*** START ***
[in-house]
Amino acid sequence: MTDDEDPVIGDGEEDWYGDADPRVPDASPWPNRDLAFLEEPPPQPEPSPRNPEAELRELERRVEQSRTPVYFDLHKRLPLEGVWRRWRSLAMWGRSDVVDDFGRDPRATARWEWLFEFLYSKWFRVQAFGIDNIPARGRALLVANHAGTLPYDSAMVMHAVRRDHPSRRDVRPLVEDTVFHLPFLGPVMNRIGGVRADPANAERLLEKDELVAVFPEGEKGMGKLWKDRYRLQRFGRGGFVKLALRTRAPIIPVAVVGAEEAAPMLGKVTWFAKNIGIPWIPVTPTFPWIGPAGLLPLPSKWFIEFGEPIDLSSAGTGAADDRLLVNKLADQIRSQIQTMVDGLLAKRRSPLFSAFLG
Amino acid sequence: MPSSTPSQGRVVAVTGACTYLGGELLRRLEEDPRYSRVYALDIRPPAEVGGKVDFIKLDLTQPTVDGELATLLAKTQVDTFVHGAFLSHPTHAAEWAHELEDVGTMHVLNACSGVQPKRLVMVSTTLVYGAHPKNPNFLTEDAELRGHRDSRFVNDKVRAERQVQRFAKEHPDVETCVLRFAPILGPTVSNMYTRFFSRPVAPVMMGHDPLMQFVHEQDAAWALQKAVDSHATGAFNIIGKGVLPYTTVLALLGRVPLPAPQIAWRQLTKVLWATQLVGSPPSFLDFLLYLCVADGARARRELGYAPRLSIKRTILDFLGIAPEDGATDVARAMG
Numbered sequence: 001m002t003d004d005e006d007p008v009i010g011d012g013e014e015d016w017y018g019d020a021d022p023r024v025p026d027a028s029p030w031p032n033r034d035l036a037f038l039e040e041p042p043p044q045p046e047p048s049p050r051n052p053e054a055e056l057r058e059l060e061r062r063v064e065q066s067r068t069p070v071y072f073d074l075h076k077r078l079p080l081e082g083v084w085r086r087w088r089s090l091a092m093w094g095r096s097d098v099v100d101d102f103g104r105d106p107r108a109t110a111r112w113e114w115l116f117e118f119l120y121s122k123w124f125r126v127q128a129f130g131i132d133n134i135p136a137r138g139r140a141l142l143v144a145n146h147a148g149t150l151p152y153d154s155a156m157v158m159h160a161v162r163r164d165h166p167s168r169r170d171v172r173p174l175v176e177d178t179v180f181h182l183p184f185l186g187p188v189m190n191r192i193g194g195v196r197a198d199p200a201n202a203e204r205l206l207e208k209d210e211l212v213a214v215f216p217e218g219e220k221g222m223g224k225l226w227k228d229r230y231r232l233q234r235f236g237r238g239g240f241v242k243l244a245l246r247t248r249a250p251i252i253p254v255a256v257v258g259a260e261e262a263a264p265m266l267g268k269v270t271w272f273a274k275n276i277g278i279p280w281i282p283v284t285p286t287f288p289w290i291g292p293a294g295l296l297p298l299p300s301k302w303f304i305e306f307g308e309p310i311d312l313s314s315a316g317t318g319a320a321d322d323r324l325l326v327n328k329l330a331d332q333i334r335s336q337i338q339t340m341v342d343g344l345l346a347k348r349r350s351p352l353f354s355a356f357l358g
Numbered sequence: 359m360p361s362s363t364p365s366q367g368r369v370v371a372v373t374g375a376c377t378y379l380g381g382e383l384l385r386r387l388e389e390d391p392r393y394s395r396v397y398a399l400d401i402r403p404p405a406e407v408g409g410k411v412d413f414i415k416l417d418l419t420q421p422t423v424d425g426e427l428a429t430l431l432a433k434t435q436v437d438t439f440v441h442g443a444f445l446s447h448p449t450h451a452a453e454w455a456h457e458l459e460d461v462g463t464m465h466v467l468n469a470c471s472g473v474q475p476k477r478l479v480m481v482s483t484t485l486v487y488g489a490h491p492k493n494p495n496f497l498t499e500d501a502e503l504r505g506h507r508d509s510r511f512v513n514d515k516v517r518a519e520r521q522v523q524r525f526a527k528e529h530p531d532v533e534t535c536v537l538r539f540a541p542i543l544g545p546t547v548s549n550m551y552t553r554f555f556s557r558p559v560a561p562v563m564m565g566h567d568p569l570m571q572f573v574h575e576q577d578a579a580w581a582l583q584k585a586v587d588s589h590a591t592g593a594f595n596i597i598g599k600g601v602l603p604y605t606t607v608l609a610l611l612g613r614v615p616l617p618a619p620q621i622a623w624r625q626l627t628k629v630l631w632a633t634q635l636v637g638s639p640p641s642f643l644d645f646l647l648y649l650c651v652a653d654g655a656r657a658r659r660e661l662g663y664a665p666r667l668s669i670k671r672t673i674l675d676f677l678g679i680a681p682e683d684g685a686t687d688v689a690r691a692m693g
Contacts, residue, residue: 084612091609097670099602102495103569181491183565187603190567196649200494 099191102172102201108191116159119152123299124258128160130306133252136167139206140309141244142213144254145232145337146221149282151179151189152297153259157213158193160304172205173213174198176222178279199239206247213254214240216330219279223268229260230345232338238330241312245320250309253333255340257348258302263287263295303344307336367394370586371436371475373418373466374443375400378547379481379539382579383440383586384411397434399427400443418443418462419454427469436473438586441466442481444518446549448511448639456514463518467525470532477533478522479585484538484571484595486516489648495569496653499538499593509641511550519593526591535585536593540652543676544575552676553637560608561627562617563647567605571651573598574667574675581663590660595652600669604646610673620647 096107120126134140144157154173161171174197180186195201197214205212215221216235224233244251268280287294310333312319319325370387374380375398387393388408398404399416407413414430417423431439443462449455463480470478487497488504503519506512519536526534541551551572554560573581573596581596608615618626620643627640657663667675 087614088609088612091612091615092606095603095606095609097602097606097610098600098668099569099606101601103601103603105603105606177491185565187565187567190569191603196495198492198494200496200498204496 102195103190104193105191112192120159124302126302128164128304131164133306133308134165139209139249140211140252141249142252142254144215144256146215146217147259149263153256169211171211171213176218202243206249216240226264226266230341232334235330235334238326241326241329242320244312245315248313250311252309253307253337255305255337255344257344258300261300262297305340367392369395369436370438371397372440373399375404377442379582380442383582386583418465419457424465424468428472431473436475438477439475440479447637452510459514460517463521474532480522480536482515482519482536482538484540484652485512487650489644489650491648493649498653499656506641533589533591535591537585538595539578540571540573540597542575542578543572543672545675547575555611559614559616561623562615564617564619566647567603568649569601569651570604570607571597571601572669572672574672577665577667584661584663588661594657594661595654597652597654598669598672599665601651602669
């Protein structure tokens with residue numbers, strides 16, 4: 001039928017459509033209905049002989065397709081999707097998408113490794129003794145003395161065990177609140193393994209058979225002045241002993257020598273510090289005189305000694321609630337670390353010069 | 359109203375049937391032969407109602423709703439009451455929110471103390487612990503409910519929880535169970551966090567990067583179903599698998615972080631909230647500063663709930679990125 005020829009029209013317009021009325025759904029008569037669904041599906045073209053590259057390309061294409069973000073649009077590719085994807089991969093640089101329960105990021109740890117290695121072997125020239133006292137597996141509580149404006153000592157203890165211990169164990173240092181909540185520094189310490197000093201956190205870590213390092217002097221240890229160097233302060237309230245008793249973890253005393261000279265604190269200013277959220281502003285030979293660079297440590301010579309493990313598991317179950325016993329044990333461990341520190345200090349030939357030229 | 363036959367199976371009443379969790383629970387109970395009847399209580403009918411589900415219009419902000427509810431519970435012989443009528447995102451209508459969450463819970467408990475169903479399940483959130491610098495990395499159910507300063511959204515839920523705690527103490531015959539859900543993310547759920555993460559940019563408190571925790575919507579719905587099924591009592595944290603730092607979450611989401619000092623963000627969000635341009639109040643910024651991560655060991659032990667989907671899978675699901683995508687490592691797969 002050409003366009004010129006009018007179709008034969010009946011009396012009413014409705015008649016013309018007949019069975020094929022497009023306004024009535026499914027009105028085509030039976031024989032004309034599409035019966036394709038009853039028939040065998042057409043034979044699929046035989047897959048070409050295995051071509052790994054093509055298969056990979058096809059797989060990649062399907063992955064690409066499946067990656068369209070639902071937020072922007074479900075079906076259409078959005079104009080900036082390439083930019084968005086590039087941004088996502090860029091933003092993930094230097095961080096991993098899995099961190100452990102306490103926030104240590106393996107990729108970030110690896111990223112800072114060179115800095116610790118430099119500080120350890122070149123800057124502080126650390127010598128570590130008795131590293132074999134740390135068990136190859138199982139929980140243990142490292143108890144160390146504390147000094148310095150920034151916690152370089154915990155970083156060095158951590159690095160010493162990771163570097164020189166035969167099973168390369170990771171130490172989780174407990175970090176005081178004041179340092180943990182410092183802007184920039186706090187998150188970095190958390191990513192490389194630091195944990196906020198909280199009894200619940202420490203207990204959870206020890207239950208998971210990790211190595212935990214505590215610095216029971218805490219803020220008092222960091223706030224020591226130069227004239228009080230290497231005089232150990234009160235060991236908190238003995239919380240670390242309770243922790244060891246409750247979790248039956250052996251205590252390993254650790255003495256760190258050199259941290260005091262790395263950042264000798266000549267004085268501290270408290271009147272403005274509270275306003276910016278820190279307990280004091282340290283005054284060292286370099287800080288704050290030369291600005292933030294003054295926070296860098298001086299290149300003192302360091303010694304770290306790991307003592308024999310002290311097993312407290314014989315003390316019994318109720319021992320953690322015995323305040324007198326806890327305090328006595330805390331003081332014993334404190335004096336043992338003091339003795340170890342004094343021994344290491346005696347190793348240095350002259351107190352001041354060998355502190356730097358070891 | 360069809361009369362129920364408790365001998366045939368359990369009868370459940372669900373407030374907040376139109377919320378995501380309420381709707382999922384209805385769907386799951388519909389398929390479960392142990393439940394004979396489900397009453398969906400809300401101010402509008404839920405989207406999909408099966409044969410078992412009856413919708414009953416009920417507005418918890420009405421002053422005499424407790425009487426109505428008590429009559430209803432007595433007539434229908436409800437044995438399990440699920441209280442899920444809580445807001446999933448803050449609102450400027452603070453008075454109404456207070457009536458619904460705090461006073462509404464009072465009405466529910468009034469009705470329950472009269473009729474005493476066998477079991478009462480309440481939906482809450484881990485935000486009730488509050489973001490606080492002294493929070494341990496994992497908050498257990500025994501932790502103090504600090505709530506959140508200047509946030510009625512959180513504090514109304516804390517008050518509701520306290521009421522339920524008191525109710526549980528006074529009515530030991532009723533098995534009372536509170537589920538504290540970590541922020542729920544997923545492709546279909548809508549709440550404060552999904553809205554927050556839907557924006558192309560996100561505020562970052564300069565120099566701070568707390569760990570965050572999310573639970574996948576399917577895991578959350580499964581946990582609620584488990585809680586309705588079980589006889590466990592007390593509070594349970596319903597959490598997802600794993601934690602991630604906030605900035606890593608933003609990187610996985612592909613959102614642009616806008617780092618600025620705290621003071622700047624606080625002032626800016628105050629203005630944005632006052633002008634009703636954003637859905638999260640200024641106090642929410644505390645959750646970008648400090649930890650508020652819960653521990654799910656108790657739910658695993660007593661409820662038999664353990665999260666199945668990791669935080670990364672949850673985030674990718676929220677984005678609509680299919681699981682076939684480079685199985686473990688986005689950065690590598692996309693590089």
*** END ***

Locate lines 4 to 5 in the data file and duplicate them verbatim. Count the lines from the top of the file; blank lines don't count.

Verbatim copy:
Numbered sequence: 001m002t003d004d005e006d007p008v009i010g011d012g013e014e015d016w017y018g019d020a021d022p023r024v025p026d027a028s029p030w031p032n033r034d035l036a037f038l039e040e041p042p043p044q045p046e047p048s049p050r051n052p053e054a055e056l057r058e059l060e061r062r063v064e065q066s067r068t069p070v071y072f073d074l075h076k077r078l079p080l081e082g083v084w085r086r087w088r089s090l091a092m093w094g095r096s097d098v099v100d101d102f103g104r105d106p107r108a109t110a111r112w113e114w115l116f117e118f119l120y121s122k123w124f125r126v127q128a129f130g131i132d133n134i135p136a137r138g139r140a141l142l143v144a145n146h147a148g149t150l151p152y153d154s155a156m157v158m159h160a161v162r163r164d165h166p167s168r169r170d171v172r173p174l175v176e177d178t179v180f181h182l183p184f185l186g187p188v189m190n191r192i193g194g195v196r197a198d199p200a201n202a203e204r205l206l207e208k209d210e211l212v213a214v215f216p217e218g219e220k221g222m223g224k225l226w227k228d229r230y231r232l233q234r235f236g237r238g239g240f241v242k243l244a245l246r247t248r249a250p251i252i253p254v255a256v257v258g259a260e261e262a263a264p265m266l267g268k269v270t271w272f273a274k275n276i277g278i279p280w281i282p283v284t285p286t287f288p289w290i291g292p293a294g295l296l297p298l299p300s301k302w303f304i305e306f307g308e309p310i311d312l313s314s315a316g317t318g319a320a321d322d323r324l325l326v327n328k329l330a331d332q333i334r335s336q337i338q339t340m341v342d343g344l345l346a347k348r349r350s351p352l353f354s355a356f357l358g
Numbered sequence: 359m360p361s362s363t364p365s366q367g368r369v370v371a372v373t374g375a376c377t378y379l380g381g382e383l384l385r386r387l388e389e390d391p392r393y394s395r396v397y398a399l400d401i402r403p404p405a406e407v408g409g410k411v412d413f414i415k416l417d418l419t420q421p422t423v424d425g426e427l428a429t430l431l432a433k434t435q436v437d438t439f440v441h442g443a444f445l446s447h448p449t450h451a452a453e454w455a456h457e458l459e460d461v462g463t464m465h466v467l468n469a470c471s472g473v474q475p476k477r478l479v480m481v482s483t484t485l486v487y488g489a490h491p492k493n494p495n496f497l498t499e500d501a502e503l504r505g506h507r508d509s510r511f512v513n514d515k516v517r518a519e520r521q522v523q524r525f526a527k528e529h530p531d532v533e534t535c536v537l538r539f540a541p542i543l544g545p546t547v548s549n550m551y552t553r554f555f556s557r558p559v560a561p562v563m564m565g566h567d568p569l570m571q572f573v574h575e576q577d578a579a580w581a582l583q584k585a586v587d588s589h590a591t592g593a594f595n596i597i598g599k600g601v602l603p604y605t606t607v608l609a610l611l612g613r614v615p616l617p618a619p620q621i622a623w624r625q626l627t628k629v630l631w632a633t634q635l636v637g638s639p640p641s642f643l644d645f646l647l648y649l650c651v652a653d654g655a656r657a658r659r660e661l662g663y664a665p666r667l668s669i670k671r672t673i674l675d676f677l678g679i680a681p682e683d684g685a686t687d688v689a690r691a692m693g